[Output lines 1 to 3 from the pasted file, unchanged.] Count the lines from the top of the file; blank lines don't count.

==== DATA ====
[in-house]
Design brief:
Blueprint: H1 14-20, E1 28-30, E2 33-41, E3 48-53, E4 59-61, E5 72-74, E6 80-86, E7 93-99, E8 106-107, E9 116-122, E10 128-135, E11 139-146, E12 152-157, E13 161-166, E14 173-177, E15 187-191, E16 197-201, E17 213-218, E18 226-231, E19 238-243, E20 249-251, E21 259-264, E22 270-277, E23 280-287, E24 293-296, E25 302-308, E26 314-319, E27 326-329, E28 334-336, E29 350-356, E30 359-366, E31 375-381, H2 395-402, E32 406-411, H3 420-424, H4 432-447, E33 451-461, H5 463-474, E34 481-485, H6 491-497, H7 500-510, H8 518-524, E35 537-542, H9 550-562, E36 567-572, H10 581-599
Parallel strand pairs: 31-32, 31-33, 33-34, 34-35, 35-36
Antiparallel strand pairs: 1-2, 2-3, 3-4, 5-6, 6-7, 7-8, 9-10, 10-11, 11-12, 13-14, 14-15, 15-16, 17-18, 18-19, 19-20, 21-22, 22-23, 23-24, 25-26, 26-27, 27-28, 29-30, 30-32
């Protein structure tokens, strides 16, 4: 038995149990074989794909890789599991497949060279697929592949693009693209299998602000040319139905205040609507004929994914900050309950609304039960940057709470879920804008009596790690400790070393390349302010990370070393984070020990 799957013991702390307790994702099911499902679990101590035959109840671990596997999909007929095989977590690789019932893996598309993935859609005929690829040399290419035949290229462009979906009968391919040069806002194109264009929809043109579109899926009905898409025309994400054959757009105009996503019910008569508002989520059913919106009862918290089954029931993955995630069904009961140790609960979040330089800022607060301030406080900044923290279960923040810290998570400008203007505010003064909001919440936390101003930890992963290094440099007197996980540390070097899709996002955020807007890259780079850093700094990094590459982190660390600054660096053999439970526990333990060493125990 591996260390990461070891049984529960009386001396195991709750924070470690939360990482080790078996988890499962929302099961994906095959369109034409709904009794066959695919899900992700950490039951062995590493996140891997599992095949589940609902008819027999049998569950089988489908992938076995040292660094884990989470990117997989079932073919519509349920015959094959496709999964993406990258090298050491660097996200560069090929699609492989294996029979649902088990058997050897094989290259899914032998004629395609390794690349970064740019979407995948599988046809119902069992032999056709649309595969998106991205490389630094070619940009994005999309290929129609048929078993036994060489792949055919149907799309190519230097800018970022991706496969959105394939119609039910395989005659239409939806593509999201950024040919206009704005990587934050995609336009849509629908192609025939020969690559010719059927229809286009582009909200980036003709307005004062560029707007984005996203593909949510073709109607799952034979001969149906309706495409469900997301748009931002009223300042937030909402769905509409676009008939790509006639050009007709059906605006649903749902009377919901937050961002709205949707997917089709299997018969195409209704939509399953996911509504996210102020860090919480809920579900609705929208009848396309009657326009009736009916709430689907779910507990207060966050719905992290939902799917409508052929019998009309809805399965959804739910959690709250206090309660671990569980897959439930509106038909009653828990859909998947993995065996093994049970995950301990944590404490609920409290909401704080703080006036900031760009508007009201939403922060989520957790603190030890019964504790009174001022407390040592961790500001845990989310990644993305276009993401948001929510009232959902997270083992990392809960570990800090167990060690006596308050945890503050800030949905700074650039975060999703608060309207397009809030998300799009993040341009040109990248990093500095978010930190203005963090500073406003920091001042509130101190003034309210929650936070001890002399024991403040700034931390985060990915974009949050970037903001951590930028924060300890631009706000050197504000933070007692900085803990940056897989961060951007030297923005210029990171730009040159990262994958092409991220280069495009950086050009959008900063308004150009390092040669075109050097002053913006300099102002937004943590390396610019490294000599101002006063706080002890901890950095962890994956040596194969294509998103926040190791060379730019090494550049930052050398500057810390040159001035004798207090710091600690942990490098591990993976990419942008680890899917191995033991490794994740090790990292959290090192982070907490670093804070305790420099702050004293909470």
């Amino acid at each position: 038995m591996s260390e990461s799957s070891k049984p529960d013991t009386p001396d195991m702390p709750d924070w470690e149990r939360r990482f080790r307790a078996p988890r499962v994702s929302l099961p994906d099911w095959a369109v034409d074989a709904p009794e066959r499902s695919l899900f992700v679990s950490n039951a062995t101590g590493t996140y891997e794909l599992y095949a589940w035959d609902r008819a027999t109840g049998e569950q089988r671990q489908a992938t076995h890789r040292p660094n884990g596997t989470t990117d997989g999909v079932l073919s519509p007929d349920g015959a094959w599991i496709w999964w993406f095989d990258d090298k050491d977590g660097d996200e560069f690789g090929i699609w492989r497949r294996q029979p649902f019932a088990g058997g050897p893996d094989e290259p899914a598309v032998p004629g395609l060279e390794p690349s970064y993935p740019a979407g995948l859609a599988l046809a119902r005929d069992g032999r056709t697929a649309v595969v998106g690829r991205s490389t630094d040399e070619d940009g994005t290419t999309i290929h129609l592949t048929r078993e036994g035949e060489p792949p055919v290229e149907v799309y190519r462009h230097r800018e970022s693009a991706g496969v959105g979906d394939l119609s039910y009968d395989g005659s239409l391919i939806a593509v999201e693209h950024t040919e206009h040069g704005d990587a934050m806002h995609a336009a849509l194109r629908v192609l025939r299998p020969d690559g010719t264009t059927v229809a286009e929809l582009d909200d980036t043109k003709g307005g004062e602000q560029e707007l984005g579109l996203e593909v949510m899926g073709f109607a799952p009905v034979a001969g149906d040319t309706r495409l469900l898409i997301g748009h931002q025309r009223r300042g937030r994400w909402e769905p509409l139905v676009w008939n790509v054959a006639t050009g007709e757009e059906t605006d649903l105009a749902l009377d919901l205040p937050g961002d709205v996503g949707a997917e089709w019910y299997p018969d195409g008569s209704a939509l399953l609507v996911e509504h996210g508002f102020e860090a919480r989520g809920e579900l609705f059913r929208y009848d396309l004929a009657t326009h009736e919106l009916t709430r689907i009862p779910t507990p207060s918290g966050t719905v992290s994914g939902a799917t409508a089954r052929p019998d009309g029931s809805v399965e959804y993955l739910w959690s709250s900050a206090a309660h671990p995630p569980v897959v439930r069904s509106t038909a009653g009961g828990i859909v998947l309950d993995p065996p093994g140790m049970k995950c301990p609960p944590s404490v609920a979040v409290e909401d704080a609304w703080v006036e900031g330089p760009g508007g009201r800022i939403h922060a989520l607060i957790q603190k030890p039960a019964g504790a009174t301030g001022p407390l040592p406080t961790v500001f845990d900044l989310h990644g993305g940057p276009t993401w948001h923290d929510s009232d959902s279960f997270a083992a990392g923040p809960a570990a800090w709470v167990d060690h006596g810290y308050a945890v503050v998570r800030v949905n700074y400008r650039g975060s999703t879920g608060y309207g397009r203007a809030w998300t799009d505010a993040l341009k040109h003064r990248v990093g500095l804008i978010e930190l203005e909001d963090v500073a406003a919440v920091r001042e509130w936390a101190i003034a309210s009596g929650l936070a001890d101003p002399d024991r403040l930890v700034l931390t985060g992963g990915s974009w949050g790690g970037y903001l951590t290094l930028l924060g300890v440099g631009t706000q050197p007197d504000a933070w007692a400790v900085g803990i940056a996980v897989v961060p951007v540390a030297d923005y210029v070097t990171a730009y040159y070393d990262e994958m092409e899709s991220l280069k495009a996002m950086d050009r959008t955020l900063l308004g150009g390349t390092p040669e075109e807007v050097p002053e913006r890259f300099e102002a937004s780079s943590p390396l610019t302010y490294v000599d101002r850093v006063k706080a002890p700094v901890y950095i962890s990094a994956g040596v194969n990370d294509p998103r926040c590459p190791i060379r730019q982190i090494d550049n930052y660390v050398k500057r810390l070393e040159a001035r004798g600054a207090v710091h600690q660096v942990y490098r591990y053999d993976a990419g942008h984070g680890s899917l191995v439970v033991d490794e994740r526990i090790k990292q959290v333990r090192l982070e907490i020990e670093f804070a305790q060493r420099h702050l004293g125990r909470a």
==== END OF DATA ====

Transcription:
[in-house]
Design brief:
Blueprint: H1 14-20, E1 28-30, E2 33-41, E3 48-53, E4 59-61, E5 72-74, E6 80-86, E7 93-99, E8 106-107, E9 116-122, E10 128-135, E11 139-146, E12 152-157, E13 161-166, E14 173-177, E15 187-191, E16 197-201, E17 213-218, E18 226-231, E19 238-243, E20 249-251, E21 259-264, E22 270-277, E23 280-287, E24 293-296, E25 302-308, E26 314-319, E27 326-329, E28 334-336, E29 350-356, E30 359-366, E31 375-381, H2 395-402, E32 406-411, H3 420-424, H4 432-447, E33 451-461, H5 463-474, E34 481-485, H6 491-497, H7 500-510, H8 518-524, E35 537-542, H9 550-562, E36 567-572, H10 581-599